Pointing out road hazards on a Sunday ride
Photo by Alvaro Lassaletta
The safety of our rides is really important. It is essential to know and practice how to ride in a group safely, exercise good judgment and thus not endanger others.
Cycling on the road is inherently dangerous and holds the risk of injury and even death. Riding in a group poses additional risks because you will be moving fast in close proximity to others with traffic all around you. Riders are responsible for riding within their limits as well as assisting others to make sure our rides and events are safe and enjoyable.
How we ride together
Most often, we ride in a double line, where we pair up to ride two-by-two. If road conditions require that we go single file, the Ride Leader will call "Single File!" and hold up one arm. In both cases, we ride "tight to the right" of the lane. As a group, we always aim to ride predictably and smoothly, avoiding sudden actions that could surprise riders and traffic around us. On no-drop, "all-together" rides (Beginner & Intermediate) we ride as fast as the slowest rider to ensure that the group is together and no one gets overextended or frustrated.
Ride handlebar to handlebar with your partner in line: do not overlap wheels with another rider.
Maintain a space of 0.5-1.5 m between you and the wheel in front of you; in wet weather make it 2-4 m to allow adequate space for braking.
Look ahead up the line and keep your eye on the back of rider in front of you: do not watch their rear wheel.
If you hear something happen behind you (rider crash or mechanical problem), do not turn around suddenly, but keep riding forward looking ahead until it is safe to stop and pull over.
We encourage each other, lead by example and provide advice intended to help other riders be safe and improve their skills.
top 10 rules for group riding
1. Obey all traffic laws and rules of the road.
2. It is the responsibility of every rider to maintain a tight bunch. Do your part to keep a tight formation. Ride bar-to-bar with the person beside you to avoid the risk of wheel overlap.
3. Use hand signals and point out obstacles for other riders. If you don't have time to use hand signals, use your voice: "Stopping!" Use your voice for other calls such as "Car up!" or "Car back!" If you are in the middle of the bunch, relay hand signals and calls so everyone is aware.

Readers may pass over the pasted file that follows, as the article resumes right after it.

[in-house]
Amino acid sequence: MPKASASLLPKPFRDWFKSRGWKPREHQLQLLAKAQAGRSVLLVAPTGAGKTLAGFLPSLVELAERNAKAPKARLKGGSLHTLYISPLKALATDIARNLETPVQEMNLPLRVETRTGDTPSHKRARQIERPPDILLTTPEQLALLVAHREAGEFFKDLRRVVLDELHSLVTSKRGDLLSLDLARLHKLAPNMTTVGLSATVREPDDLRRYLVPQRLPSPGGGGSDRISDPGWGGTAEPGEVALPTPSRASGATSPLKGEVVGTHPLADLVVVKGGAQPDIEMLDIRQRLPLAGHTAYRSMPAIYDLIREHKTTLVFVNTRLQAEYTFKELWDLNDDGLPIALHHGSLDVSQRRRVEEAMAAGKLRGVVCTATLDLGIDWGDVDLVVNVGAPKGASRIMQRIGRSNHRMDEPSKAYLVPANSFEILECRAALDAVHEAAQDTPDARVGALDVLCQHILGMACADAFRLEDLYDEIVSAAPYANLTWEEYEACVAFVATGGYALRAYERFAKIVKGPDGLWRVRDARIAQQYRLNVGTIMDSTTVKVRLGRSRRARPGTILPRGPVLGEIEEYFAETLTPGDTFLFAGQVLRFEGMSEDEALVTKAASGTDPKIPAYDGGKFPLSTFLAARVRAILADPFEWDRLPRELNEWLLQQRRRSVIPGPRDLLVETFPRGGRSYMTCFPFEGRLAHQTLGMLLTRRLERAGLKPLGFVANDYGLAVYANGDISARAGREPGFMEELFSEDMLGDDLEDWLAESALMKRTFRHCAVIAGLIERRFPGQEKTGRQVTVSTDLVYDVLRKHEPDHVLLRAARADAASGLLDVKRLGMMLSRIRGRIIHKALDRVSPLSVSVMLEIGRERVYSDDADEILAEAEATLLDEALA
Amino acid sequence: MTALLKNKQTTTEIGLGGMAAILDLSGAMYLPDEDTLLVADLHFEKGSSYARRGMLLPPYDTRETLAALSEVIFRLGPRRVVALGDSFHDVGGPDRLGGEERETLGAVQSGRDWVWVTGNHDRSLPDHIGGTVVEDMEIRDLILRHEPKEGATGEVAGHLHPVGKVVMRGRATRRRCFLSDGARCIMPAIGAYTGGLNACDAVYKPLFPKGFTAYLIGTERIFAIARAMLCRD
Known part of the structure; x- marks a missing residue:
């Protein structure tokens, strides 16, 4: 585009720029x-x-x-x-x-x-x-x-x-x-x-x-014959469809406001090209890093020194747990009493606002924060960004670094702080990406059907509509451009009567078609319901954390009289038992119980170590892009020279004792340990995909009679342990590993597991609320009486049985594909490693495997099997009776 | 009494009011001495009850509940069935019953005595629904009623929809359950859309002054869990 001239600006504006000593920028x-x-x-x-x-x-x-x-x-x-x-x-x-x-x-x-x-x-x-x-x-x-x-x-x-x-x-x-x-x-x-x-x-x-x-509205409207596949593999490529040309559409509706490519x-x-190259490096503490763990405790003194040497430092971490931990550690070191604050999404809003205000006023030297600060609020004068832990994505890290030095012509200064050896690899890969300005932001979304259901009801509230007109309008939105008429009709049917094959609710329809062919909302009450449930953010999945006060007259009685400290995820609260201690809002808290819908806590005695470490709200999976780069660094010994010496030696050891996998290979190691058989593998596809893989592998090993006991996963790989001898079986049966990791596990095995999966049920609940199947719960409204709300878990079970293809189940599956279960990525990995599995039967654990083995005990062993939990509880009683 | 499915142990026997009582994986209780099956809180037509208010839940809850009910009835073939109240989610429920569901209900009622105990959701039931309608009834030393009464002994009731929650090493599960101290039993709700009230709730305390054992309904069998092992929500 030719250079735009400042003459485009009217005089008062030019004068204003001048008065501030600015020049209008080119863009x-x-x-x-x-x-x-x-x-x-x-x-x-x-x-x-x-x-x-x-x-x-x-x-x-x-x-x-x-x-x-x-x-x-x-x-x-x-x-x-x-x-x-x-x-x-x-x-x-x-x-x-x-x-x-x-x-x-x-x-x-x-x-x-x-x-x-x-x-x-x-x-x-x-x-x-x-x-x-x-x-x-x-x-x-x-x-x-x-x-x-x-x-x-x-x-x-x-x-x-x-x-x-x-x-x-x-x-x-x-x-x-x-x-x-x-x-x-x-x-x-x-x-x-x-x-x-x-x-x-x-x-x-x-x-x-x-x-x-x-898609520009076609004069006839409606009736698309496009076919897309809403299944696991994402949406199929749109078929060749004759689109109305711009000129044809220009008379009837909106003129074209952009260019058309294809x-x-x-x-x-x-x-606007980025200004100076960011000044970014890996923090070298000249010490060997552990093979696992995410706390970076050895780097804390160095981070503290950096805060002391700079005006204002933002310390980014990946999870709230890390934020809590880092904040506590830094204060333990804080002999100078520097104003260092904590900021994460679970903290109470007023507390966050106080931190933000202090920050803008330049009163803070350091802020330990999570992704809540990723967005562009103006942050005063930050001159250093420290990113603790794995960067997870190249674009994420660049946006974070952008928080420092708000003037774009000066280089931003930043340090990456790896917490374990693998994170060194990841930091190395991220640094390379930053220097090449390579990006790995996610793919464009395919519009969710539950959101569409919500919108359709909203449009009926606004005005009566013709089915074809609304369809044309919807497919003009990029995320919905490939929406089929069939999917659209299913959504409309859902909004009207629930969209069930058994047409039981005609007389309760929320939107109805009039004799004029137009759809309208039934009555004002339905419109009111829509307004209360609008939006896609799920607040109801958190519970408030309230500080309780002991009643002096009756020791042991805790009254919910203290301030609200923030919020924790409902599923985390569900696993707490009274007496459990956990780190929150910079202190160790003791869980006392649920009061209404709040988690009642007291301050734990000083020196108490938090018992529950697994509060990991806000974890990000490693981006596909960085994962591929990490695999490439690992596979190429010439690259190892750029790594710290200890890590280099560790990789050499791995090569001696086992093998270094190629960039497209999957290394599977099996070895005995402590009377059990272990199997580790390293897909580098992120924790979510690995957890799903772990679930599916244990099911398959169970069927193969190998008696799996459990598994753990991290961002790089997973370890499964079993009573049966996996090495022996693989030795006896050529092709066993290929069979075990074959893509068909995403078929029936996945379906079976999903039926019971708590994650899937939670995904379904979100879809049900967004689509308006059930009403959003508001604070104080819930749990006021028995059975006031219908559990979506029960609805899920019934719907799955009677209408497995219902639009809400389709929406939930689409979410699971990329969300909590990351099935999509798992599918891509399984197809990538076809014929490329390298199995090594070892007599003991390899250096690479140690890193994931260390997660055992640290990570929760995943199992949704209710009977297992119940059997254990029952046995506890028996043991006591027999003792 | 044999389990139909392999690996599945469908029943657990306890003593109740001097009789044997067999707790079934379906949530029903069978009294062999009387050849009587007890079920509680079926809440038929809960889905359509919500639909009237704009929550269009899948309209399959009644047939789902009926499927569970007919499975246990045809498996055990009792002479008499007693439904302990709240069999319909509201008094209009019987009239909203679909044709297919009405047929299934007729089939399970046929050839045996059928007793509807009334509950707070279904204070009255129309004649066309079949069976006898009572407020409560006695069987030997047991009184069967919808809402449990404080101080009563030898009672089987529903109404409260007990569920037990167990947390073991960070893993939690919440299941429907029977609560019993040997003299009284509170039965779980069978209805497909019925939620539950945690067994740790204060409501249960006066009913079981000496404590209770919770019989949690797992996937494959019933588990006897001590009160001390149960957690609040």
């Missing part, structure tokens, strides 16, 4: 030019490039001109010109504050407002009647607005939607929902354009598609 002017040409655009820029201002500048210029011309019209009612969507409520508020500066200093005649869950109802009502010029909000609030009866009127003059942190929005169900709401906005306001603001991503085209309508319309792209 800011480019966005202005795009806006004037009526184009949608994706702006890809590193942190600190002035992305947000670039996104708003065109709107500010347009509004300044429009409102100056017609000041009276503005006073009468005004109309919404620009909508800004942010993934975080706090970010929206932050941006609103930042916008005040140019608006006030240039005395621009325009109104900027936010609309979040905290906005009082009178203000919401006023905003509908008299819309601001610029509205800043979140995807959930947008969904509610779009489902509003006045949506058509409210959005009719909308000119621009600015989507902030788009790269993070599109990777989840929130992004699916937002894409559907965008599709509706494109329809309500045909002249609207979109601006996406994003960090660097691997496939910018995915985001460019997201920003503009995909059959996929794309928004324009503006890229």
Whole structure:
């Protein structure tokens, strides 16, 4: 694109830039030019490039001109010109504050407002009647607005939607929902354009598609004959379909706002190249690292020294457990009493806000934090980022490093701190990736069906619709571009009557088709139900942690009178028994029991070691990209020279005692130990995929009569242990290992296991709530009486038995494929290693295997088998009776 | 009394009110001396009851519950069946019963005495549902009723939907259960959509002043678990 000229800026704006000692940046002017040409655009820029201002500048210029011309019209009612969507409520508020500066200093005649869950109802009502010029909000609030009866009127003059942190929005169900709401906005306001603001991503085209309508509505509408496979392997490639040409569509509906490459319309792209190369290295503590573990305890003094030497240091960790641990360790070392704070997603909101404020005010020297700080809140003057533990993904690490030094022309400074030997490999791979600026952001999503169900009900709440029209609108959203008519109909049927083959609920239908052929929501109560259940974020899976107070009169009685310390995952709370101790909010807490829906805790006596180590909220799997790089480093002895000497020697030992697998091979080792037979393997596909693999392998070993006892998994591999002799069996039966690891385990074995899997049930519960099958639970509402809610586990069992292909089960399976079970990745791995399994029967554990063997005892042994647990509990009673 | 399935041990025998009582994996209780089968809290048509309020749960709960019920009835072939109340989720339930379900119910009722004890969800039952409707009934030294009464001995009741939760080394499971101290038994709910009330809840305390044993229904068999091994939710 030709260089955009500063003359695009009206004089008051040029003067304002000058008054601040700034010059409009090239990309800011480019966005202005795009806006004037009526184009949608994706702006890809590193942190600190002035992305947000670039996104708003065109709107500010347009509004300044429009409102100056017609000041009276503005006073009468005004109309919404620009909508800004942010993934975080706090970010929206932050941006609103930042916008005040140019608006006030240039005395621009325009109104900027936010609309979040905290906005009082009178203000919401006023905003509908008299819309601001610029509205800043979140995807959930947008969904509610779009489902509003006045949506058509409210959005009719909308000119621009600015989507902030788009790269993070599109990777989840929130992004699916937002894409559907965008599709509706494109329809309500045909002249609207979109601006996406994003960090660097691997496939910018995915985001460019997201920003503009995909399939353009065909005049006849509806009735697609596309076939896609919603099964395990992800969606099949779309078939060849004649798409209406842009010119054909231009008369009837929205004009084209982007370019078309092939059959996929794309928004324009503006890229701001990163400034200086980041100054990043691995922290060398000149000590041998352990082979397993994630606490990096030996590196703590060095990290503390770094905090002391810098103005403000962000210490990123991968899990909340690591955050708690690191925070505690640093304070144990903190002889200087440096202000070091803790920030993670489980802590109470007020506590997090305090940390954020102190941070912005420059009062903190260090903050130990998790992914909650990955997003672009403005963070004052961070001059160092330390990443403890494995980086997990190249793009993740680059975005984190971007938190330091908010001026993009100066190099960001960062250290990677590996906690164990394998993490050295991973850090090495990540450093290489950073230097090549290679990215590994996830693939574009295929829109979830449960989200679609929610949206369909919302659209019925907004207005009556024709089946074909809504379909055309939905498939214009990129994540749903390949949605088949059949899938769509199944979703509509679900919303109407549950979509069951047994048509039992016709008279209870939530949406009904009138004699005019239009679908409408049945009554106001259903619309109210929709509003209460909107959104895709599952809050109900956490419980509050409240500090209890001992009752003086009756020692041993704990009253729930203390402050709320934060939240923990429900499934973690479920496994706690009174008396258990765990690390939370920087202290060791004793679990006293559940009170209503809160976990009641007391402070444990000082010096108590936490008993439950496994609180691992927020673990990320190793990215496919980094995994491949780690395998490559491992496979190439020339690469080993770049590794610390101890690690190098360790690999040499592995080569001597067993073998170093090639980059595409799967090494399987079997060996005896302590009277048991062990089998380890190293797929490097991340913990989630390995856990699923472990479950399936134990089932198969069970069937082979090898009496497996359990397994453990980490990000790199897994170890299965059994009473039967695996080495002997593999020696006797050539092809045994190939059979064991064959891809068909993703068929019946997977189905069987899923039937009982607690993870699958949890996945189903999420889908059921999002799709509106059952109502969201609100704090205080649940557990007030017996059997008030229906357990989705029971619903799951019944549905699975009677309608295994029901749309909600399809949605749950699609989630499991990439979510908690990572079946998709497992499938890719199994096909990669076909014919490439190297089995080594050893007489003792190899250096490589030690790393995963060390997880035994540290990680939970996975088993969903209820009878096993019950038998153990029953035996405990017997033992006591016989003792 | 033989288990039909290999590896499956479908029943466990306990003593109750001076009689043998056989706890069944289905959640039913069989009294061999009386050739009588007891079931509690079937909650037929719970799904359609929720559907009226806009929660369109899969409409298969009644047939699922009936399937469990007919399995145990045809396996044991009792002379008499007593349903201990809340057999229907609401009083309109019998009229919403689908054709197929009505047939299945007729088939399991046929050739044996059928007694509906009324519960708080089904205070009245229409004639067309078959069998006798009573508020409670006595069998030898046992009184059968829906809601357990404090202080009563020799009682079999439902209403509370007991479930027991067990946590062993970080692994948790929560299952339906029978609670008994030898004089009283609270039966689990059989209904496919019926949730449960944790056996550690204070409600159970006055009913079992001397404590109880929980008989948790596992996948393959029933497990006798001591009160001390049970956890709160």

4. Maintain a constant even pedal stroke and constant even power. Soft pedal instead of coasting. Do not throw down a power surge on inclines. Do not half-wheel on the front: it causes accumulated acceleration that is stressful for the rest of the bunch. Be constantly aware of your speed and position (bar-to-bar) relative to the other riders around you so you don't half-wheel or overlap wheels accidentally.
5. When starting up (traffic light, stop sign, group stop), the riders on the front must soft pedal (ride intentionally slow) to wait for all riders behind to clip in. Check that the group is all together and then gradually increase speed.
6. If you are going to stand up and ride out of the saddle, make sure you do it at the top of your pedal stroke with downward pressure on the pedal to minimize the degree your bike shoots backward: thus you will avoid surprising the rider behind you who could crash into you if they aren't ready to compensate for your sudden action.
7. If passing/overtaking other riders, first check behind you for cars or other riders, then pass ONLY on the left of the rider you are overtaking. This rule applies especially to sprint segments and hill climbing.
8. Be aware of what is going on around you and communicate to others: tell other riders/Ride Leader if there is a split in the group. Call "Pace!" if it is too fast.
9. Riders on the back of the bunch are responsible for communicating to those on the front when it is safe to turn or change lanes: if there is traffic coming, call and repeat "Wait!"—when it is safe, call "Clear!"
10. If you leave a ride before it ends, tell the Ride Leader or other riders that you are leaving.
Have questions? Ask your Ride Leader: they are there to help.
Here is a great video from the GCN Network that fits with our approach to group riding and our good-natured riding spirit: